How does the brain control the mechanisms of memory so that it only remembers major events in a constantly changing environment? The group of Andreas Lüthi has now described a fundamental neuronal microcircuit that allows mice to learn about unexpected important events and adapt their behavior accordingly.
In daily life, our brain constantly receives sensory information from our environment, yet we will only remember a small fraction of it. Why do we recall certain experiences of our lives but forget about others’ Powerful triggers for memory formation are both pleasant and aversive events, which produce powerful emotional responses. For example, some of the earliest memories from our childhood might include our first ice cream on a sunny day at the beach, or the neighbor’s vicious dog frightening us through the fence. But how exactly can our brains translate important experiences into neural signals to trigger memory formation?
A key structure for emotional memory in the brain is the amygdala. This brain region mainly consists of principal neurons, which are considered to be the main site of plasticity during learning. However, a minority of interneurons can powerfully inhibit the activity of principal neurons and therefore play an important role in local information processing in the brain. As the Lüthi group showed in a 2014 study , two types of interneurons are key mediators of the learning process: PV+ and SOM+ interneurons provide constant inhibition to principal cells, preventing that cellular learning mechanisms can be triggered in absence of important sensory stimuli.
More recently, Sabine Krabbe, a postdoc in the Lüthi group, together with Enrica Paradiso, a visiting scientist from the Medical University of Innsbruck, investigated the role of interneurons in the learning process in more detail; they just published their results.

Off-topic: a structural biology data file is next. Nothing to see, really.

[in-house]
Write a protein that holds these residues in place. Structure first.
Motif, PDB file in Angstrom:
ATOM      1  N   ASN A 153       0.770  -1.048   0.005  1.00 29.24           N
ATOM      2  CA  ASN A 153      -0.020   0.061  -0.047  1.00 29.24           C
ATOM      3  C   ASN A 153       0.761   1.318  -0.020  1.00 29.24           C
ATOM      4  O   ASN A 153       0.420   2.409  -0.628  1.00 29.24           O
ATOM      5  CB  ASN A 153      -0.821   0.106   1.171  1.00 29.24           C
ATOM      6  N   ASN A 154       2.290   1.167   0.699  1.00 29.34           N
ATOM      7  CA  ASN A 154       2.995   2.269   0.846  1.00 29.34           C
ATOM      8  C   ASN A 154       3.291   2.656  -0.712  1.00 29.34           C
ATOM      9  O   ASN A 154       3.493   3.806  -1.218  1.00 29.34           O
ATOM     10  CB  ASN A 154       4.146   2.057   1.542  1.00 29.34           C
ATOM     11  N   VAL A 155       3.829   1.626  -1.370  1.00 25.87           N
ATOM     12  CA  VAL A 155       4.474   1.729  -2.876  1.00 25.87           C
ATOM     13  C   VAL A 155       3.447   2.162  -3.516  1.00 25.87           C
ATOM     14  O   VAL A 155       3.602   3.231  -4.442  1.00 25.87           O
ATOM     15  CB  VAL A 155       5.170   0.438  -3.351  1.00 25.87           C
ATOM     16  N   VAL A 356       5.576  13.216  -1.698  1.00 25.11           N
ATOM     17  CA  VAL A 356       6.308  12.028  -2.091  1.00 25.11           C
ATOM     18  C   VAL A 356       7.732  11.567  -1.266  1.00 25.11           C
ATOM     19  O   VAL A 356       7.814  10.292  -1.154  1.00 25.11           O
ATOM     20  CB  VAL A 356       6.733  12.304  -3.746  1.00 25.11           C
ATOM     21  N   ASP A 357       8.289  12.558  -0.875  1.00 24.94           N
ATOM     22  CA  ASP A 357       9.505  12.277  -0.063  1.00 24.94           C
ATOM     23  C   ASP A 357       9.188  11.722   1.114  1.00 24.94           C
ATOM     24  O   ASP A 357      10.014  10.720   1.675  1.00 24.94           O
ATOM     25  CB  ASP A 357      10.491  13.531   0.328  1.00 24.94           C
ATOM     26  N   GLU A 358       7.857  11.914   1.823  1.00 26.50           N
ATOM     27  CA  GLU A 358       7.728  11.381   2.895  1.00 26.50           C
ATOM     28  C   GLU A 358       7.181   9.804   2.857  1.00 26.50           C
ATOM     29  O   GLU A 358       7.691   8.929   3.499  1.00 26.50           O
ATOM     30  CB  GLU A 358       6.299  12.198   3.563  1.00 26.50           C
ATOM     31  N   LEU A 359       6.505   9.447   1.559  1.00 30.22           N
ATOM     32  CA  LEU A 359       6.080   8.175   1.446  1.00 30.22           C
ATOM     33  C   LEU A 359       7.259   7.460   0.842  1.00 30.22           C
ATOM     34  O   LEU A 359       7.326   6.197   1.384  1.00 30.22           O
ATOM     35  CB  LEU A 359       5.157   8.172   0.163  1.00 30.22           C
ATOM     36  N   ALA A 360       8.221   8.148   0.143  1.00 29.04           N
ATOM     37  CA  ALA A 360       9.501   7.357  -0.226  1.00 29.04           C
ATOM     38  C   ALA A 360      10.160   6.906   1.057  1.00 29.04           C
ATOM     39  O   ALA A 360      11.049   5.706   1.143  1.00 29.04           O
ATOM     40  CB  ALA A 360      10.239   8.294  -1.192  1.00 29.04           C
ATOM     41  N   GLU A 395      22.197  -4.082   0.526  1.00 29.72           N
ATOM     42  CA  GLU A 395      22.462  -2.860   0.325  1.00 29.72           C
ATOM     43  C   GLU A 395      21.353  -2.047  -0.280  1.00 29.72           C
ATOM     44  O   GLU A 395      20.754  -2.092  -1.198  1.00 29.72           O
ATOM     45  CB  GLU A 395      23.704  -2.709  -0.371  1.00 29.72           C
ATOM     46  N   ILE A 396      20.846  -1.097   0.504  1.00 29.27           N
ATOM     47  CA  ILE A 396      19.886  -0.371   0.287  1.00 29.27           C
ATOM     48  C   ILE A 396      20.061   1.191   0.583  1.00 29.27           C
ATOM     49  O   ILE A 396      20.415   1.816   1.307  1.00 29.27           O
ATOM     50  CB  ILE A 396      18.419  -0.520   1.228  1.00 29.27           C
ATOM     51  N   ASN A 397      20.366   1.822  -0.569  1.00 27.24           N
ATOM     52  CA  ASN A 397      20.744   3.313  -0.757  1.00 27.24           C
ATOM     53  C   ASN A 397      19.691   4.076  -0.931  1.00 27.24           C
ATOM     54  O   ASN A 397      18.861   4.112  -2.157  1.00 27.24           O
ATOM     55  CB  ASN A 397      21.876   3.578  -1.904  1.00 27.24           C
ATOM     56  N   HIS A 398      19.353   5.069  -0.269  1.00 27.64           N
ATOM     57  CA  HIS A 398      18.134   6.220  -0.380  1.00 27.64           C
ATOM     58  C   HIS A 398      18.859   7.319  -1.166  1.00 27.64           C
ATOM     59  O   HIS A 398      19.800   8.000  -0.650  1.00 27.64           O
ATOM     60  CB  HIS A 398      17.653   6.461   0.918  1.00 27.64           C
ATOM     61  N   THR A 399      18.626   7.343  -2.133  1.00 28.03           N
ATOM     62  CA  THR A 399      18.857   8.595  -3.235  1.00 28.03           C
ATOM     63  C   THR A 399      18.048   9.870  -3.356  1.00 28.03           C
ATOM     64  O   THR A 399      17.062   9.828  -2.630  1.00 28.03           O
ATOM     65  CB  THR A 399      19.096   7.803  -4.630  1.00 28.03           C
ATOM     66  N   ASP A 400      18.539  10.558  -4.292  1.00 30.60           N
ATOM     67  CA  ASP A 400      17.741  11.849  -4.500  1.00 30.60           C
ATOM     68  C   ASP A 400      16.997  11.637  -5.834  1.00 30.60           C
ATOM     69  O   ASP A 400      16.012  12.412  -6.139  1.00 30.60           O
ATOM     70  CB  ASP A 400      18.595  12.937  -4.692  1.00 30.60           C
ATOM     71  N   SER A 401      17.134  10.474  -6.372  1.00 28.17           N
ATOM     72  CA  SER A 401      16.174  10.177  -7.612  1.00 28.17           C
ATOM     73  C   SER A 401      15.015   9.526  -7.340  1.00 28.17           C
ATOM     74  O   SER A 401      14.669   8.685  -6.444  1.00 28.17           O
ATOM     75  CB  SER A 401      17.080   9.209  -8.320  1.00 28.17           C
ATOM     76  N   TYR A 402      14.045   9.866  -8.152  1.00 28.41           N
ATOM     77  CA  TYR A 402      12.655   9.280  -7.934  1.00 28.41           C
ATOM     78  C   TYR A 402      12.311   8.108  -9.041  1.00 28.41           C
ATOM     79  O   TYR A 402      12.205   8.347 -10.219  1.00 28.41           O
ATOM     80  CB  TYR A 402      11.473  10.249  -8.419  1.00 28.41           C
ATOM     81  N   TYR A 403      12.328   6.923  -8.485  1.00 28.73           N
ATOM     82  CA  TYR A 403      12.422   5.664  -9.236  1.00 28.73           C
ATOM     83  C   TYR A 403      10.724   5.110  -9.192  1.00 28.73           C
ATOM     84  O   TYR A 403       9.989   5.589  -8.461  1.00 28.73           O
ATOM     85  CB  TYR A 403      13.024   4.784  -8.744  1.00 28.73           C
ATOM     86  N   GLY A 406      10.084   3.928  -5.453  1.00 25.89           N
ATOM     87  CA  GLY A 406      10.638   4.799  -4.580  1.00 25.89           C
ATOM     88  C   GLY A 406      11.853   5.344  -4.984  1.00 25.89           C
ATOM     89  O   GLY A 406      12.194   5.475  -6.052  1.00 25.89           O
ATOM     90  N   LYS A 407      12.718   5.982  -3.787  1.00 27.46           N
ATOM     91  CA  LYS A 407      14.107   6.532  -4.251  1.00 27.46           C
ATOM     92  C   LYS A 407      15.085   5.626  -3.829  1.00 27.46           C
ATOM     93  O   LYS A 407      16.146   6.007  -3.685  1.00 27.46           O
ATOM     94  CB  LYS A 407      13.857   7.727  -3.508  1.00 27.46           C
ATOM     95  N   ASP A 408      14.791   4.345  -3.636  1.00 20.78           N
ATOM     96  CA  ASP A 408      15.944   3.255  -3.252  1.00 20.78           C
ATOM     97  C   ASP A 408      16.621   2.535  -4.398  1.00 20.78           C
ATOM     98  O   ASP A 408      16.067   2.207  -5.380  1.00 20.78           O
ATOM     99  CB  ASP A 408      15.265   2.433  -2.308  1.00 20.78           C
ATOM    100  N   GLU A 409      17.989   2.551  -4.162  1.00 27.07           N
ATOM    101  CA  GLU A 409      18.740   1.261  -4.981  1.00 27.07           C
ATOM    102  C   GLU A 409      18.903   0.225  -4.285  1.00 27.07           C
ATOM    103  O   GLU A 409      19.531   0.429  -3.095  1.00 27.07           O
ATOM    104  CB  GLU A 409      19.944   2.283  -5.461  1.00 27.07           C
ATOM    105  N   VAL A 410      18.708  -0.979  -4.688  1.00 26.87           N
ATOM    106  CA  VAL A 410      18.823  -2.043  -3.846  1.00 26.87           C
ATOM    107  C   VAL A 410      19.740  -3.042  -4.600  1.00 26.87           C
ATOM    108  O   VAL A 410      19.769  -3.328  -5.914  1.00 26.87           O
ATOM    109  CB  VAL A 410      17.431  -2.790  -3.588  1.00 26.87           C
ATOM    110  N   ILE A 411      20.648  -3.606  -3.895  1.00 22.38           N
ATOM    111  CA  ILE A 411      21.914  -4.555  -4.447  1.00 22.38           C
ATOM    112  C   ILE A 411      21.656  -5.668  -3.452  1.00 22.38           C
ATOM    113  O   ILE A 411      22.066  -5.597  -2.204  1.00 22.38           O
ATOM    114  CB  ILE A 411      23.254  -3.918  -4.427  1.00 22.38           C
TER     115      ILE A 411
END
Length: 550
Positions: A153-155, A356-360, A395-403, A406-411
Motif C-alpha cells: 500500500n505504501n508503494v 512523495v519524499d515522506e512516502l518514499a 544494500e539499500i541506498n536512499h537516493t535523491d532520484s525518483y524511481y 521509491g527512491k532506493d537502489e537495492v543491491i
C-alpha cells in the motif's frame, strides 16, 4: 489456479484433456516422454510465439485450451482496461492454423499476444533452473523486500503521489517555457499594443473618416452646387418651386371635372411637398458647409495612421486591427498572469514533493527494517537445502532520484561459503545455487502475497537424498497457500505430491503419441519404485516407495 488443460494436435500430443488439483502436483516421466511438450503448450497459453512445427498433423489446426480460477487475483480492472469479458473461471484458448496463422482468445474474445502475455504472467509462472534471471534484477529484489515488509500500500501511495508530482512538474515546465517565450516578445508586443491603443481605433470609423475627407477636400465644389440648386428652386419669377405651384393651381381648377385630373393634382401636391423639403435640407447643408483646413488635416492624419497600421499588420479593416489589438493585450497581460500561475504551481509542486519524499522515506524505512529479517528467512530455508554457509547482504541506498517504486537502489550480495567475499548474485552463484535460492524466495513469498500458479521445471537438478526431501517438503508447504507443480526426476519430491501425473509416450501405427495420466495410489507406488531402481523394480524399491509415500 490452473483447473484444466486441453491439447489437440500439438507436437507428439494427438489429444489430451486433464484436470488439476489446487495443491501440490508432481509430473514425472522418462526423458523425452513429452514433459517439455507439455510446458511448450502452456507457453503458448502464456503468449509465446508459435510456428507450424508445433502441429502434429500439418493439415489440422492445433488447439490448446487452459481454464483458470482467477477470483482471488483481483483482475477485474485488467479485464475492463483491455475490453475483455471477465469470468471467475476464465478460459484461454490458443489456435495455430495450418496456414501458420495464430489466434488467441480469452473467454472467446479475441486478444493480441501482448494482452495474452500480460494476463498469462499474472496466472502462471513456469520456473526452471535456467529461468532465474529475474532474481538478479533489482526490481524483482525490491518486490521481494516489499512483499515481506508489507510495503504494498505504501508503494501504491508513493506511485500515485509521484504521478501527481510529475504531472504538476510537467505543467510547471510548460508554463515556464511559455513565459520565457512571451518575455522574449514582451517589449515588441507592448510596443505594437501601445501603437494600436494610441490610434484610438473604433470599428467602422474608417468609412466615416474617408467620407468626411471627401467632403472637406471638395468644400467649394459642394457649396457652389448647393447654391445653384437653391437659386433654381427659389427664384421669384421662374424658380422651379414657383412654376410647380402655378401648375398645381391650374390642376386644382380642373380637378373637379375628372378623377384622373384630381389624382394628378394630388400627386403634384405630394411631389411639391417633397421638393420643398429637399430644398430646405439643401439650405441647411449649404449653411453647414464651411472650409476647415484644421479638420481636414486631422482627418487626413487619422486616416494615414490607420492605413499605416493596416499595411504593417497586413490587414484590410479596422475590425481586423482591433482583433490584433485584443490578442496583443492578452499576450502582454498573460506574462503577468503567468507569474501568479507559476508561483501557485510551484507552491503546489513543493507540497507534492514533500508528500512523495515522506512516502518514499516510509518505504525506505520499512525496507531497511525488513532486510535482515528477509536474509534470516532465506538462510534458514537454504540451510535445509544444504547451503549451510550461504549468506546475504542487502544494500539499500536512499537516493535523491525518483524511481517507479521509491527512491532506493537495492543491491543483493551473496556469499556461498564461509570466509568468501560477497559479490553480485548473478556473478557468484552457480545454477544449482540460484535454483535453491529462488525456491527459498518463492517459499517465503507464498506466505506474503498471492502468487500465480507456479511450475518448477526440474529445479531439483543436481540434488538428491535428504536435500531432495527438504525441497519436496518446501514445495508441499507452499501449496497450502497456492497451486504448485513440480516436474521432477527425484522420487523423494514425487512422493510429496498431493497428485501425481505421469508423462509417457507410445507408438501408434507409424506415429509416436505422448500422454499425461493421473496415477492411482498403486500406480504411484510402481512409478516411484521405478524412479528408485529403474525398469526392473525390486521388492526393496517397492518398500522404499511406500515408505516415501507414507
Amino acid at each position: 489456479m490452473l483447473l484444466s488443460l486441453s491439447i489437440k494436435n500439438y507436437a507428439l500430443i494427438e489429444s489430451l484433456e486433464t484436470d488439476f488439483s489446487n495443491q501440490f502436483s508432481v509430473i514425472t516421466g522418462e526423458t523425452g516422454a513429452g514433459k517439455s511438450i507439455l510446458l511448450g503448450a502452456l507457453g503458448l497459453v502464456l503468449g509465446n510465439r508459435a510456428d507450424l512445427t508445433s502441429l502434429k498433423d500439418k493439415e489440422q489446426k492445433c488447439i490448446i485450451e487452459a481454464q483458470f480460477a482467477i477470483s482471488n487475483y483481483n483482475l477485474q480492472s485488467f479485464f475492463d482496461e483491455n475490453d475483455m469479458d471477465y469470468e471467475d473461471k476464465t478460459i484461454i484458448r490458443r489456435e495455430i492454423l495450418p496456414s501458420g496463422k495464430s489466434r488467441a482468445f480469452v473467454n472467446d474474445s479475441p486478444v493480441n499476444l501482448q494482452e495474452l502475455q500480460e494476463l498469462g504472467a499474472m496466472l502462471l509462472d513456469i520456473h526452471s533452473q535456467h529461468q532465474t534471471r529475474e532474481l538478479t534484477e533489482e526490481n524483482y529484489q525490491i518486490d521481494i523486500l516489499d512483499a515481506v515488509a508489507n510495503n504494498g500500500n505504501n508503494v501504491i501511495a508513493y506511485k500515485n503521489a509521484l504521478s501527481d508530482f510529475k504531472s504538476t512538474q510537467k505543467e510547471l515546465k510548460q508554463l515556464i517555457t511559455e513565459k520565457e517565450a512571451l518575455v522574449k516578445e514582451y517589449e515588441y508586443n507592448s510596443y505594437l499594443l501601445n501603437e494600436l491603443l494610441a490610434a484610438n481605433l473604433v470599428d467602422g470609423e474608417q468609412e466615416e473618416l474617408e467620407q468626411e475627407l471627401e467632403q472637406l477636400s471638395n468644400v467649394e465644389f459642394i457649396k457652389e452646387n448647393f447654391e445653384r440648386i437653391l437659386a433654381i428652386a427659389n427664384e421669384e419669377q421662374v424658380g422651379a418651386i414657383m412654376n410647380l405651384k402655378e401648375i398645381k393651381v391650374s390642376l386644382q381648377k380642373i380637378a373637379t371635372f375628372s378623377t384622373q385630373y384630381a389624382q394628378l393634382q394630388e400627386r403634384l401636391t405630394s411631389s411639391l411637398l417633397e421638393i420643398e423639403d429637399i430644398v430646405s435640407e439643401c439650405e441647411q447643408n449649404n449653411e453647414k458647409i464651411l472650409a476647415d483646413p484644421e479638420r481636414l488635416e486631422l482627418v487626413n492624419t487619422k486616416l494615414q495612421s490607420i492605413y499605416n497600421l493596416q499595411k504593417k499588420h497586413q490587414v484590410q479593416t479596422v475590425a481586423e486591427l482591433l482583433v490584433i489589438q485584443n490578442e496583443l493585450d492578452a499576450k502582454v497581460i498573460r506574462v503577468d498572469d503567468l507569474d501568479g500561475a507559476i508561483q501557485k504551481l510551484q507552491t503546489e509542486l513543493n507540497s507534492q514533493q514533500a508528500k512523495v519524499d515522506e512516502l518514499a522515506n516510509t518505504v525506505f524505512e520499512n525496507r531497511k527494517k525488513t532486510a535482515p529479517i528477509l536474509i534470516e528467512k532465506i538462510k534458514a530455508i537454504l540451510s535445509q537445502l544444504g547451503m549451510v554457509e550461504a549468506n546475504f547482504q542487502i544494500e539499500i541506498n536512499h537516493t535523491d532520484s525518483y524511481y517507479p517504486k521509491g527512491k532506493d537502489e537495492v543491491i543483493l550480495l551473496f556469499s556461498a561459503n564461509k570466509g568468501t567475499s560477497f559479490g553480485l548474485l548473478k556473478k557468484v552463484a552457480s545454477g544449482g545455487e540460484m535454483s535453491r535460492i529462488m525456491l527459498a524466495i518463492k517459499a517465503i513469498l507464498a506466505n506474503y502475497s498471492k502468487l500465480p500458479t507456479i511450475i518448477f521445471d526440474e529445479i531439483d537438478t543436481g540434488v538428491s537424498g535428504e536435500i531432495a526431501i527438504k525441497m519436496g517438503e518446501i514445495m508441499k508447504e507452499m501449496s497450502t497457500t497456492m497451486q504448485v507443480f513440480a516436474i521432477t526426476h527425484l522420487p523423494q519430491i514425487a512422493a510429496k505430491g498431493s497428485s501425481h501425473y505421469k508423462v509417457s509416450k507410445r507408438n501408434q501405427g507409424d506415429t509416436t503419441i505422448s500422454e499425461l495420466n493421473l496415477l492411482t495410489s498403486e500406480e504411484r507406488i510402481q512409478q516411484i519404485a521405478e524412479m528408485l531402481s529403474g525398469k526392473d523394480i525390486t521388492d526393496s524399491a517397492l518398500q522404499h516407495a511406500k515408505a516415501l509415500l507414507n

Using auditory fear conditioning as a model for learning, the researchers trained mice to associate a sound with an unexpected unpleasant stimulus (a light foot shock), so that the auditory cue became predictive of the aversive event. By monitoring the activity of amygdala neurons during fear learning with a miniaturized microscope, they identified another interneuron type called VIP+ cell, which got strongly activated during the unpleasant sensory stimulus thereby inhibiting other interneurons. By combining miniature microscopy with optogenetics (to selectively deactivate VIP+ cells), they showed that the aversive stimulus can indeed ‘open a disinhibitory gate’ for principal neurons during which plasticity and learning is made possible by relieving inhibition onto principal neurons.
“The brain has to control the mechanisms of memory so that it only remembers important events. These various types of interneurons highlighted in our study can be described as gatekeepers that are only going to activate the principal neurons when something important, that’s worth learning, happened,” Lüthi explains. “Our study elucidates how the gatekeepers work and highlights a key mechanism by which important events control local microcircuit computations and plasticity. This allows us to learn about aversive experiences, so that we can adapt our behavioral strategy to avoid these dangers in the future.” Lüthi concludes: “These findings are of interest in the context of conditions where learning processes are impaired or dysfunctional, as in the case of anxiety disorders.”
Sabine Krabbe*, Enrica Paradiso*, Simon d’Aquin, Yael Bitterman, Julien Courtin, Chun Xu, Keisuke Yonehara, Milica Markovic, Christian Müller, Tobias Eichlisberger, Jan Gründemann, Francesco Ferraguti and Andreas Lüthi (2019). Adaptive disinhibitory gating by VIP interneurons permits associative learning. Nature Neuroscience
* These authors contributed equally